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Sunday, July 30, 2017

capture, Mephisto

Capture and transport to AustraliaEdit

Soldiers' names engraved in Mephisto's rear armour.[2]

The tank was lost at the Second Battle of Villers-Bretonneux on 24 April 1918. The battle for the area saw the Australian, British, and German forces in a fluid situation, moving around the tank, which had been abandoned after falling into a ditch.

The 26th Battalion of the 7th Brigade, mostly from Queensland,[3] hatched a plan to capture it. In July 1918, under the cover of an artillery barrage, Australian infantry and two British vehicles (either Gun Carriers or Mark IV tanks) moved forward and dragged it back to their lines under fire from the Germans who were still within sight of the tank. They had to don gas masks after German poison gas was deployed.

The 26th Battalion working party involved in the recovery of Mephisto on 22 July 1918 probably consisted of Sergeant F.R. Hanson, Privates J. Battley, G. Bradley,T. Clark, H.J. Dray, E.J. Frost, A.W. Heit, J.J. Kennedy, T.M. Kingston, R.J. Lewis, A.G. Masters, W. Sam, and G.H. White.[4]

Mephisto being dragged into the Queensland Museum by two steamrollers in 1919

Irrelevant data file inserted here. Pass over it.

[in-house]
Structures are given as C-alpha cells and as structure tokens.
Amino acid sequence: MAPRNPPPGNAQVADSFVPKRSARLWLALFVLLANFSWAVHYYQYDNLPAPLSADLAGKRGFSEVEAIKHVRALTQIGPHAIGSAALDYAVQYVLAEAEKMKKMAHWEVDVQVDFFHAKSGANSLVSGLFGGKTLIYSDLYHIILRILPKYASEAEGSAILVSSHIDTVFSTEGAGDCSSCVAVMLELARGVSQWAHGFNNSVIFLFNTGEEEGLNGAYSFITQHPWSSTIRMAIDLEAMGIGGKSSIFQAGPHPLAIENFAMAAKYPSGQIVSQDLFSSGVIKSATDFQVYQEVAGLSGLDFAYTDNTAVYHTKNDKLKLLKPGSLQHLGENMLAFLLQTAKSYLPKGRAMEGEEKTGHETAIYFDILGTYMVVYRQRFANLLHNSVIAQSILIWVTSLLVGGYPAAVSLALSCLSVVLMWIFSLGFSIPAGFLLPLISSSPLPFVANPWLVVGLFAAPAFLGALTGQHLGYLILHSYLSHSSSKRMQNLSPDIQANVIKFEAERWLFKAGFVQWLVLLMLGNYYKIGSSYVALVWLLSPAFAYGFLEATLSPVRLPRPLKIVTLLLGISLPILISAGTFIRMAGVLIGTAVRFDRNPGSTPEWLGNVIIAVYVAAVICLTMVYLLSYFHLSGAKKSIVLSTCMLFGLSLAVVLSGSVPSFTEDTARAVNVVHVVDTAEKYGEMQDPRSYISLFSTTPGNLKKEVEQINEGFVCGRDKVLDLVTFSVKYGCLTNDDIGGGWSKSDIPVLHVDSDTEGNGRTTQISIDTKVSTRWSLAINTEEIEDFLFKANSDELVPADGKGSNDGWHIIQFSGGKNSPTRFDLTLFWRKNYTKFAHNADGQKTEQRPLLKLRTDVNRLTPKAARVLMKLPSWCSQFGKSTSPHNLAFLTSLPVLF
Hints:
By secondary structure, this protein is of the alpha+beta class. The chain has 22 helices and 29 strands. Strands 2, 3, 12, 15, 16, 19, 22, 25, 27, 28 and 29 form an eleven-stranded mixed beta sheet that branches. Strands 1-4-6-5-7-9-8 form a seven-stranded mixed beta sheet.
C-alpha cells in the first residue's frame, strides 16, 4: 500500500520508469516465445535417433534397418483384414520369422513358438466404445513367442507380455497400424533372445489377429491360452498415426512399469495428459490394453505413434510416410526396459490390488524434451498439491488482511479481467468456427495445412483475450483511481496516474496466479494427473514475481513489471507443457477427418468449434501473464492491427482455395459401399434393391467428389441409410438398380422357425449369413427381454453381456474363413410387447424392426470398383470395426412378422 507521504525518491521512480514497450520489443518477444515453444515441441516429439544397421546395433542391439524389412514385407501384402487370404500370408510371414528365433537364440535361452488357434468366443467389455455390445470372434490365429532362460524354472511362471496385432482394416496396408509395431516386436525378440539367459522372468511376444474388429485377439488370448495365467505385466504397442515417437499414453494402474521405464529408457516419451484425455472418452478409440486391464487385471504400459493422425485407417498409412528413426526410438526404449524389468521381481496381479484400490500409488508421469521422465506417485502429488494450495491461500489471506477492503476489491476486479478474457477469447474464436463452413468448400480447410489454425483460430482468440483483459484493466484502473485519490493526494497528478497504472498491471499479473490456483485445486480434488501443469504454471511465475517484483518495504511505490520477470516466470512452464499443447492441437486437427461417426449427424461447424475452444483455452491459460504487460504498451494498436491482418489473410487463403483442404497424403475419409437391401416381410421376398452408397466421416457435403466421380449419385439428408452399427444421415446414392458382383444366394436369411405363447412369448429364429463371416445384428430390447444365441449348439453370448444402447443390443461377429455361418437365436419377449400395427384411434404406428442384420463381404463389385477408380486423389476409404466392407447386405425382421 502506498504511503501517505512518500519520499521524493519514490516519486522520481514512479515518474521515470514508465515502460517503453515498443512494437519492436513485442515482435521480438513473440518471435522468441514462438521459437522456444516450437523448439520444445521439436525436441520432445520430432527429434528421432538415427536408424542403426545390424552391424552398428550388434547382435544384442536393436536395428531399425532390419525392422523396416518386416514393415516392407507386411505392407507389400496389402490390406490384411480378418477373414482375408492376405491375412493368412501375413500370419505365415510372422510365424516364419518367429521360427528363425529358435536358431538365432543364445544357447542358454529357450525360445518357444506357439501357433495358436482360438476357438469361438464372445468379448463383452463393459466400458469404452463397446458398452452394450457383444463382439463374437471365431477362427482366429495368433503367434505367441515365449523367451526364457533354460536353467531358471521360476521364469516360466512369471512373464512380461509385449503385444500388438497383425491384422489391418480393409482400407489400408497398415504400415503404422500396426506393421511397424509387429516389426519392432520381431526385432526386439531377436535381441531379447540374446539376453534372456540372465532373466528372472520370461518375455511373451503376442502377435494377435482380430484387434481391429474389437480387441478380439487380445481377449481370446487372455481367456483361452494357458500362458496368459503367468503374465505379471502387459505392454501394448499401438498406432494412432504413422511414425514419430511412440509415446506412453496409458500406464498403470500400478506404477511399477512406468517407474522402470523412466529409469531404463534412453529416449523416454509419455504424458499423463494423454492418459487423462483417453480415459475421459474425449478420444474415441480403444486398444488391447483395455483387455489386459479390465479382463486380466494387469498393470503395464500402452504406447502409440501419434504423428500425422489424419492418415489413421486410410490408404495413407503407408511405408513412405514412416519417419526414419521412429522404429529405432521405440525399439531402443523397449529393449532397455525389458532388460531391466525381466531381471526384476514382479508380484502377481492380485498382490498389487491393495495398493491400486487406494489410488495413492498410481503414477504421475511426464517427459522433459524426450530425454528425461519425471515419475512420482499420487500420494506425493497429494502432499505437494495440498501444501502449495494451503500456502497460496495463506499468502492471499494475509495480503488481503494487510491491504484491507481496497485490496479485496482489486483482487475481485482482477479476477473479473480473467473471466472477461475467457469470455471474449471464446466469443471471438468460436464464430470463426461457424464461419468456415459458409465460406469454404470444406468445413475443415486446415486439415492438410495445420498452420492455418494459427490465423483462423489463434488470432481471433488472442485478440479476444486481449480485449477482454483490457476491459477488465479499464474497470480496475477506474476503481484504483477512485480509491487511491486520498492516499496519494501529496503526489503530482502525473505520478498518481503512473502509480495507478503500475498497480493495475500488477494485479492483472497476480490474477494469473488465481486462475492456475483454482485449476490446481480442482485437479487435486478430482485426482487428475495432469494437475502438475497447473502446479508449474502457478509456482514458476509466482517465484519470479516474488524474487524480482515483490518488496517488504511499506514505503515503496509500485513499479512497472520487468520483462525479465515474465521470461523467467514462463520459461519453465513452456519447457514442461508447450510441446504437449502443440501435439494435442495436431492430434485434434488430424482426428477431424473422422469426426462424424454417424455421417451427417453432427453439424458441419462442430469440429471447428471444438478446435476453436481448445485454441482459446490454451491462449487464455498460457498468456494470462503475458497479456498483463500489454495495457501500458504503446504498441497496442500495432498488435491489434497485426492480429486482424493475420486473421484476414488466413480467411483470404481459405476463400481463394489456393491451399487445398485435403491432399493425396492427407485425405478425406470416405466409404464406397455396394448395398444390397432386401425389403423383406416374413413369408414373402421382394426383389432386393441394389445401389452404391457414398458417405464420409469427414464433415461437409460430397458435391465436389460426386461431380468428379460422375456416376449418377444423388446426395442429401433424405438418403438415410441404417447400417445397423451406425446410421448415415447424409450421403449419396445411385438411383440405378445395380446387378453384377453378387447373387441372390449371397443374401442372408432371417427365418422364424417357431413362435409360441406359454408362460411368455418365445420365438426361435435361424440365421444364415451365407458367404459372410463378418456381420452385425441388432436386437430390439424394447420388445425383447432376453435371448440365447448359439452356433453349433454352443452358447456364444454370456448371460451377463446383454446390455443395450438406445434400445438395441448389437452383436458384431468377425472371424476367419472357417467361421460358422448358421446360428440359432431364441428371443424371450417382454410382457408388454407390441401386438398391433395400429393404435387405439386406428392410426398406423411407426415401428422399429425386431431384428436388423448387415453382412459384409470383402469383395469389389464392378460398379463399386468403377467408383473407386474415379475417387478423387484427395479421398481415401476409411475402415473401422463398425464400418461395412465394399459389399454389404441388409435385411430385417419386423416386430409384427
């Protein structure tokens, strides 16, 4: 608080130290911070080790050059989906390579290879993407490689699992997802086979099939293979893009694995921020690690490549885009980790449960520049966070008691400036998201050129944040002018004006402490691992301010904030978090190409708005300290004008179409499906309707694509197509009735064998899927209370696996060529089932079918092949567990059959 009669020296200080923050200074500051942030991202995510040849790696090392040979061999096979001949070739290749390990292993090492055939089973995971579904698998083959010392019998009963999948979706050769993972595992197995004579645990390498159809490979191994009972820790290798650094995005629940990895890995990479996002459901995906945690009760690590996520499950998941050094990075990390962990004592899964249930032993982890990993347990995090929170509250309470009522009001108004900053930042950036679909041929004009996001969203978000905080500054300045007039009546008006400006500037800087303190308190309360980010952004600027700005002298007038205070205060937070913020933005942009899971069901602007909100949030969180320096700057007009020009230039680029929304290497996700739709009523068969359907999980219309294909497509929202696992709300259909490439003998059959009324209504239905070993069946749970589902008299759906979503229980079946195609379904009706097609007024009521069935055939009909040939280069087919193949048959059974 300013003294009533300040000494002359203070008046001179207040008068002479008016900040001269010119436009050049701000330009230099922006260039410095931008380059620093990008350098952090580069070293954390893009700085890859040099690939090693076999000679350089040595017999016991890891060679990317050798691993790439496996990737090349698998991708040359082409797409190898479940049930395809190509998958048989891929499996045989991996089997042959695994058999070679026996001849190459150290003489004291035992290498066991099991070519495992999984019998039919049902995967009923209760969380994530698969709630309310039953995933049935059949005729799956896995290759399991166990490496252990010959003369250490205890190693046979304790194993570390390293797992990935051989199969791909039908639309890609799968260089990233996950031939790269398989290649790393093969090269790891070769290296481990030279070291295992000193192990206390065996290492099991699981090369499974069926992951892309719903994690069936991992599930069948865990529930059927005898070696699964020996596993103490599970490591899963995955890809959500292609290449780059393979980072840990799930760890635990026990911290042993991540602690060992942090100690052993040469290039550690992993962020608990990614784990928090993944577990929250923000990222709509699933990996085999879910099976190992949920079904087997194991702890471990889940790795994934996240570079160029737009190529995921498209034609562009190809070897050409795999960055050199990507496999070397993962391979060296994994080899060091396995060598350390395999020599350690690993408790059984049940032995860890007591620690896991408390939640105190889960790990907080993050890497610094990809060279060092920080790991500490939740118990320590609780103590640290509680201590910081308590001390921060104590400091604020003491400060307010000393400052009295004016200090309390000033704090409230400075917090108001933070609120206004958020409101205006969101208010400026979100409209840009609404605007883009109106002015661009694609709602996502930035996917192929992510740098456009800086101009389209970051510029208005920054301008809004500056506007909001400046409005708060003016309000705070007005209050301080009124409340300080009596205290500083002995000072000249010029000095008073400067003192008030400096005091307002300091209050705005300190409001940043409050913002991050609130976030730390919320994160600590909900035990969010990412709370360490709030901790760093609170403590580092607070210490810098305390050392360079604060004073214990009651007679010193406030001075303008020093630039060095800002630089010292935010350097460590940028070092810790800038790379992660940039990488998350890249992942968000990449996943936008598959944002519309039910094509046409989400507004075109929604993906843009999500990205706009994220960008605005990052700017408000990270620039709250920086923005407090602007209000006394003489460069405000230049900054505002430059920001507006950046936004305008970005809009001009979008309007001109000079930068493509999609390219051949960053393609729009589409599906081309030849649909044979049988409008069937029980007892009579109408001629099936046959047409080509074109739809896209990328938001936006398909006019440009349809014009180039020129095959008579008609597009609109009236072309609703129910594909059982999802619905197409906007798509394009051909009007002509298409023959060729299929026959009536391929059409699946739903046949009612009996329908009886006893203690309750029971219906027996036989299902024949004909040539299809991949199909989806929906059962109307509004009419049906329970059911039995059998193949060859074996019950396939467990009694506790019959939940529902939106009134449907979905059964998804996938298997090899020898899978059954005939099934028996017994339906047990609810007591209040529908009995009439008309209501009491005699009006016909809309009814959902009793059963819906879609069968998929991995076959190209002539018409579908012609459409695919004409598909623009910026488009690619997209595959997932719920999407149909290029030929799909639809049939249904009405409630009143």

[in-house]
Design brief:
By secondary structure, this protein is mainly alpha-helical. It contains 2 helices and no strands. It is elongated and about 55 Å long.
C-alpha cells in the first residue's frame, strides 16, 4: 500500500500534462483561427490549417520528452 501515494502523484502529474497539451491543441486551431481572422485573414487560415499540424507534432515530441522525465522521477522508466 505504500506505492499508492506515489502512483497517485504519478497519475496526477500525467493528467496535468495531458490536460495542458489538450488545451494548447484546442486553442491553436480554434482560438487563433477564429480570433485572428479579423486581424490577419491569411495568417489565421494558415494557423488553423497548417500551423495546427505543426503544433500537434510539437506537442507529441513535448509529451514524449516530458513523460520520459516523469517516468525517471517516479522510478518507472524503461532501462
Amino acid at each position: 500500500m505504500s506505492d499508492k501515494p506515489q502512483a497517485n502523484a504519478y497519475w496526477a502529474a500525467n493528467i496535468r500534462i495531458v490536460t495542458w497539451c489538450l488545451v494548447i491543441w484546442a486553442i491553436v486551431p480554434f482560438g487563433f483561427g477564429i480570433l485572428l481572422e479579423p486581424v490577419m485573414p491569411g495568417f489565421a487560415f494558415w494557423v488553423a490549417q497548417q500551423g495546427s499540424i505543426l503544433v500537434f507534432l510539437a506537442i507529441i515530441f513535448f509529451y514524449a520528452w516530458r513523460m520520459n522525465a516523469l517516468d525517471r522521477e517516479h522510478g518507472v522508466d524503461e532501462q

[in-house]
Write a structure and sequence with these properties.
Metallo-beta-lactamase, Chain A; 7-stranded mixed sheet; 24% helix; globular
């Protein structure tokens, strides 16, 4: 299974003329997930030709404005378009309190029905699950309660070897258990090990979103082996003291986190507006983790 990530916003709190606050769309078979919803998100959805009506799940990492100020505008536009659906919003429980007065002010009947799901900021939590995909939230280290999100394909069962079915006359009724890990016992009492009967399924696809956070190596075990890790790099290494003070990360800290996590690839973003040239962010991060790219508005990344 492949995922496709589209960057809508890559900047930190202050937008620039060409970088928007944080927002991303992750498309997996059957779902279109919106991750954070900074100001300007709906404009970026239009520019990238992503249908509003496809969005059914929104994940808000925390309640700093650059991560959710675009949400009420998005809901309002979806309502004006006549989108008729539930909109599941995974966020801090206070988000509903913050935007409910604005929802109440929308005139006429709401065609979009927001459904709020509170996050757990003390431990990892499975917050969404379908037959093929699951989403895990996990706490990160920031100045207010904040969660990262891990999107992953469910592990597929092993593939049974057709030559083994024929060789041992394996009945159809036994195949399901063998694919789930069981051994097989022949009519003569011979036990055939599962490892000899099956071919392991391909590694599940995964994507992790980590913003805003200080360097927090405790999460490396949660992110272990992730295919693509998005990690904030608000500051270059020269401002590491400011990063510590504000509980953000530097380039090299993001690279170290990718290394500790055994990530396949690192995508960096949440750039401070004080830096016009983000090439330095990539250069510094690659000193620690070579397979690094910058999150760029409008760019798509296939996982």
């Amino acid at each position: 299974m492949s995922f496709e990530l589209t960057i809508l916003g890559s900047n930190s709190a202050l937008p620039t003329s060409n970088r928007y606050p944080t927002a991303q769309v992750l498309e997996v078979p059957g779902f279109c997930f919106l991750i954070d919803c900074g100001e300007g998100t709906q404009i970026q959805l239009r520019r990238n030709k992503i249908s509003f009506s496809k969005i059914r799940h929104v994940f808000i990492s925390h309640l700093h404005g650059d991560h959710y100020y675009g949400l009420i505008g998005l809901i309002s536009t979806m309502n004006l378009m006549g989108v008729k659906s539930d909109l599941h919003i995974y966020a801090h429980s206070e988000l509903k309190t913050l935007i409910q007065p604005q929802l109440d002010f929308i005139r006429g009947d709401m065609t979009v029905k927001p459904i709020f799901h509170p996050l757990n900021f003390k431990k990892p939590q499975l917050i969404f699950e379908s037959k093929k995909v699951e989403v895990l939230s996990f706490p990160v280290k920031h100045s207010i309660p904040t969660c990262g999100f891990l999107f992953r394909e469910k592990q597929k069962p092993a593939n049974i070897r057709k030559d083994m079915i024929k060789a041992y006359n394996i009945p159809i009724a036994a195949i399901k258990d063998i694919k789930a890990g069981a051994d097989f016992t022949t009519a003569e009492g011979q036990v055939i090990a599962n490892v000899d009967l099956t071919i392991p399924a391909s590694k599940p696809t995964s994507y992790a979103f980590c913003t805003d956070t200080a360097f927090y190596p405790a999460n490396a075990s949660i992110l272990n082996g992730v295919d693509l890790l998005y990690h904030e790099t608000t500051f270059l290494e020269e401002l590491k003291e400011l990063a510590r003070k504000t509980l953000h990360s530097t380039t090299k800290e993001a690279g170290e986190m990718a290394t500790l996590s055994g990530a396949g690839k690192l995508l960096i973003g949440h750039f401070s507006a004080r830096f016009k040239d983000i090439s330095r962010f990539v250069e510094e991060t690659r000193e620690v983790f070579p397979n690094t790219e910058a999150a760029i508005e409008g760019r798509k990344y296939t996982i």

Following its capture, Mephisto was transported to the 5th Tank Brigade demonstration ground at Vaux-en-Amiénois near Amiens. During its stay there it was decorated with "soldier-art" paintings of a British lion with its paw on an A7V, many soldiers' names, details of its capture and recovery, the colour patch of the 26th Battalion and the rising sun badge of the Australian Imperial Force (A.I.F.) The words "TANK BOYS" and the names of 13 soldiers (mainly from other Australian units) were engraved on the front, left side, and rear armour. From Vaux-en-Amiénois, Mephisto was shipped by rail to the Tank Corps Gunnery School at Merlimont and then shipped from Dunkirk to London. Proposals for it to be displayed as a war trophy in Australia were raised, and on 2 April 1919 it was loaded on the SS Armagh at Tilbury. The ship was to deliver it to Sydney, with plans for it to go to the war memorial in Canberra's display, but it was diverted to Brisbane, arriving on 6 June 1919 at the Norman Wharf (near the intersection of Creek Street and Eagle Street, approximately where the Eagle Street Pier ferry wharf is today) in the Brisbane River.[5] On 22 August 1919 two steamrollers from the Brisbane Municipal Council pulled Mephisto (travelling on its own caterpillar treads) from the wharf to the Queensland Museum (then at the Old Museum building in Bowen Hills), a journey of less than 2 miles taking 11 hours.[6][7]

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